US FDA head Hamburg declares no one can inspect world on its own
This article was originally published in SRA
The US Food and Drug Administration recently signalled its desire to work more closely with other drug regulators in assessing the quality of pharmaceutical manufacturing facilities around the world.
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It seems as if the US FDA is softening its stance on assessing the quality of pharmaceutical manufacturing facilities around the world in future, with an apparent desire to work more closely with other drug regulators. However, incorporating the regulators from countries such as India, China and Japan into a global inspectorate still looks problematical.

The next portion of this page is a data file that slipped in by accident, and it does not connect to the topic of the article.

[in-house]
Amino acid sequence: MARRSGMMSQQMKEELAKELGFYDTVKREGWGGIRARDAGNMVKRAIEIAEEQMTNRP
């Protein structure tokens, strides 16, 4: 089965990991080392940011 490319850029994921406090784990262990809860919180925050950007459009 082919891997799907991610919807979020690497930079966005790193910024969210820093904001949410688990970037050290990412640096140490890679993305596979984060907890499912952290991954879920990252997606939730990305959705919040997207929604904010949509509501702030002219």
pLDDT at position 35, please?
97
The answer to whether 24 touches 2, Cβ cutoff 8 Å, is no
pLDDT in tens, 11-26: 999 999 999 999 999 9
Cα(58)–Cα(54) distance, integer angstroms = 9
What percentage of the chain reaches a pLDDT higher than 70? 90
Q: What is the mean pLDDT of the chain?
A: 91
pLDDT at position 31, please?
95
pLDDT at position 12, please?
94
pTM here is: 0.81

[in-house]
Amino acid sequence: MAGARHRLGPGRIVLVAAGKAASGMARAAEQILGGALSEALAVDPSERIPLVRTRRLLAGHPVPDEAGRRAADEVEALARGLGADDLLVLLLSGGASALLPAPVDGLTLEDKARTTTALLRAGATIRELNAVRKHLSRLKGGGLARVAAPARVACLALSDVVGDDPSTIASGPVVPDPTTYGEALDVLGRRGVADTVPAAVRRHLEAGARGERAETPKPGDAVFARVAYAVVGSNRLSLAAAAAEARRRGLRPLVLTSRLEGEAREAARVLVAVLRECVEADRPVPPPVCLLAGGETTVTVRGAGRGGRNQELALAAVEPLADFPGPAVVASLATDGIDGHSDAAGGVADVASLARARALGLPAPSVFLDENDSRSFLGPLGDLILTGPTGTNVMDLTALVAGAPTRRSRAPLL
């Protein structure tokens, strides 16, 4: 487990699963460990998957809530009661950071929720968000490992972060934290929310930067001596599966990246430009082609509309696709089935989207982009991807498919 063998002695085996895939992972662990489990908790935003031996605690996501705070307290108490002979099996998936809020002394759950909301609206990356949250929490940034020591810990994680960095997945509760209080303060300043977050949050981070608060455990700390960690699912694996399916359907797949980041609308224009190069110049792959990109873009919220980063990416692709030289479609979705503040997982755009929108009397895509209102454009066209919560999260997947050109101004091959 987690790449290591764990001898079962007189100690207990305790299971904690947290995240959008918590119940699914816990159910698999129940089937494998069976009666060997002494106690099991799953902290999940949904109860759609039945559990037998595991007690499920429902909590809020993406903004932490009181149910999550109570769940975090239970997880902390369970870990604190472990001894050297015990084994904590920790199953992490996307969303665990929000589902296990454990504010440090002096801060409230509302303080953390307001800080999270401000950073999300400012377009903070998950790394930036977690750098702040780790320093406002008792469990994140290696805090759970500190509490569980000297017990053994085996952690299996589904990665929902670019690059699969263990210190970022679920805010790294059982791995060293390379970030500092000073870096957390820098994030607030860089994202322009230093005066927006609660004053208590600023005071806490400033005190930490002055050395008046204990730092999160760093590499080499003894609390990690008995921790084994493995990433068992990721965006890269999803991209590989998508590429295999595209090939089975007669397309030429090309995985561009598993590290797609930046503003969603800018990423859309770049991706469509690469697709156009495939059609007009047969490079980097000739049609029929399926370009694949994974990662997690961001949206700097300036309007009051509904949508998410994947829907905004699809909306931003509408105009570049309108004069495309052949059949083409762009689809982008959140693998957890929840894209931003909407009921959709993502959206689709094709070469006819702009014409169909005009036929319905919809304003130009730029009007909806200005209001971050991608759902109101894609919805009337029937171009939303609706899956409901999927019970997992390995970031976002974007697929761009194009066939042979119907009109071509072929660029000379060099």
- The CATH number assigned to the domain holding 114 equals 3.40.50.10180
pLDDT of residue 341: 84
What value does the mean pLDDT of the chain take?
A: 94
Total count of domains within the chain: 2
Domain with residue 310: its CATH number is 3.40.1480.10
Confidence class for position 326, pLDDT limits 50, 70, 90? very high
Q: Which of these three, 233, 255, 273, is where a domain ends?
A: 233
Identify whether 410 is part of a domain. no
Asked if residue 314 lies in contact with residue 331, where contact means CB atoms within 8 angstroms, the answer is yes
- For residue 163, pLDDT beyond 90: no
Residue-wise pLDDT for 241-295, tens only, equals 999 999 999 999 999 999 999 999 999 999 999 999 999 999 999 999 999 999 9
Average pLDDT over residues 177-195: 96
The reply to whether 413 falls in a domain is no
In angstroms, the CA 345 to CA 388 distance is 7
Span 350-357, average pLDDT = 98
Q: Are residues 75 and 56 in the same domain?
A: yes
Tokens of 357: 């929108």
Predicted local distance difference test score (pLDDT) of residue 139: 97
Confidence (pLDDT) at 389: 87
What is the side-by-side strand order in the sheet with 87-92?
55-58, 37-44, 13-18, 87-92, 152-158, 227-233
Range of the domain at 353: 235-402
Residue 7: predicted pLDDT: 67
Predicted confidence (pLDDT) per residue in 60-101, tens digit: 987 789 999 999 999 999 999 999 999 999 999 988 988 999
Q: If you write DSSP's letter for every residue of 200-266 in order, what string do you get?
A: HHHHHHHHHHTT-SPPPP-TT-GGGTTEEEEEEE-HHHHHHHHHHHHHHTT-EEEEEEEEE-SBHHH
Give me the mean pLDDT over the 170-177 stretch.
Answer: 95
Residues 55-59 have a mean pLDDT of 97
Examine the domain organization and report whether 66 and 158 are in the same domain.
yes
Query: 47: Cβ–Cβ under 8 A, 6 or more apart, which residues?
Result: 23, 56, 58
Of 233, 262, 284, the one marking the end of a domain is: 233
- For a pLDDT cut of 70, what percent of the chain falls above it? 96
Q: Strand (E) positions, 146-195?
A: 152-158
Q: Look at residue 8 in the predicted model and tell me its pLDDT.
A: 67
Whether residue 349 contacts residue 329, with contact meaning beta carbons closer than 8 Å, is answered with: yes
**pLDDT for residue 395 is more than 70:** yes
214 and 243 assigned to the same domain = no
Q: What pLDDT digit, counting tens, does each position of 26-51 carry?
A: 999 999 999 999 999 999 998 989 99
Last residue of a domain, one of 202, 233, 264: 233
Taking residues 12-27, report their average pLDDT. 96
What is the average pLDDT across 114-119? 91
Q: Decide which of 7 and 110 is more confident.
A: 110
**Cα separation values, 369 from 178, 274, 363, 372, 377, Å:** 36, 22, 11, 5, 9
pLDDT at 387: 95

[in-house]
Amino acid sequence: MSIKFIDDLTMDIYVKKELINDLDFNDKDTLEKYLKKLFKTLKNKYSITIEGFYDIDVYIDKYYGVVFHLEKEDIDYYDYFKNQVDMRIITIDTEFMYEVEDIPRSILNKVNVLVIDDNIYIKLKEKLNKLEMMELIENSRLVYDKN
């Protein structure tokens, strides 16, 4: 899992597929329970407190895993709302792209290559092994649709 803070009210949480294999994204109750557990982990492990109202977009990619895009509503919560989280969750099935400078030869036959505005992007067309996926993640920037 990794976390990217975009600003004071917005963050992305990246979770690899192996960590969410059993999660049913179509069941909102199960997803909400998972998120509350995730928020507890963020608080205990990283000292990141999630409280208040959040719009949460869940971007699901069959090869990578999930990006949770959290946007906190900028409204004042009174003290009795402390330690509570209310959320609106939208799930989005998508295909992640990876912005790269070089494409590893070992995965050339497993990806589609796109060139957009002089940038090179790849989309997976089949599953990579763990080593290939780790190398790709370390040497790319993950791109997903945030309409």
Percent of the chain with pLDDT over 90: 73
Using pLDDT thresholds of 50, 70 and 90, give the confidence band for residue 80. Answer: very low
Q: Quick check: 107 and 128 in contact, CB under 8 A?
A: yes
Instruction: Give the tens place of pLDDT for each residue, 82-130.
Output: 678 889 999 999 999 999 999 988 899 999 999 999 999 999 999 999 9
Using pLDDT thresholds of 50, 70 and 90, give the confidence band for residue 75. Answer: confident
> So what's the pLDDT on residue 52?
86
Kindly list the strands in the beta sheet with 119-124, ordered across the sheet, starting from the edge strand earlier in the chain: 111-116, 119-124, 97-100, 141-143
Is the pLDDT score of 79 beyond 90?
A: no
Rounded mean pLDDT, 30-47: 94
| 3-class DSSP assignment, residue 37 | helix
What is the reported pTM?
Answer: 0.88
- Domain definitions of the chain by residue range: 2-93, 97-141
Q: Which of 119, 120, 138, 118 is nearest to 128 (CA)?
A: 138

Large pharmaceutical companies and Médecins sans Frontières may not often see eye-to-eye over access to medicines in poor countries. But it seems as if industry and the humanitarian body, a prominent critic, do agree that competition works in improving access to vaccines, even though they don't agree about the mechanisms of price setting.
GlaxoSmithKline, Merck and several Indian firms have cut the prices of their essential life-saving vaccines so they can be procured for poor children in least developed countries at affordable prices. The price reduction deal, announced by the vaccine-funder GAVI Alliance (vaccines are procured through UNICEF), includes pentavalent, rotavirus and human papillomavirus (HPV) vaccines (see table below).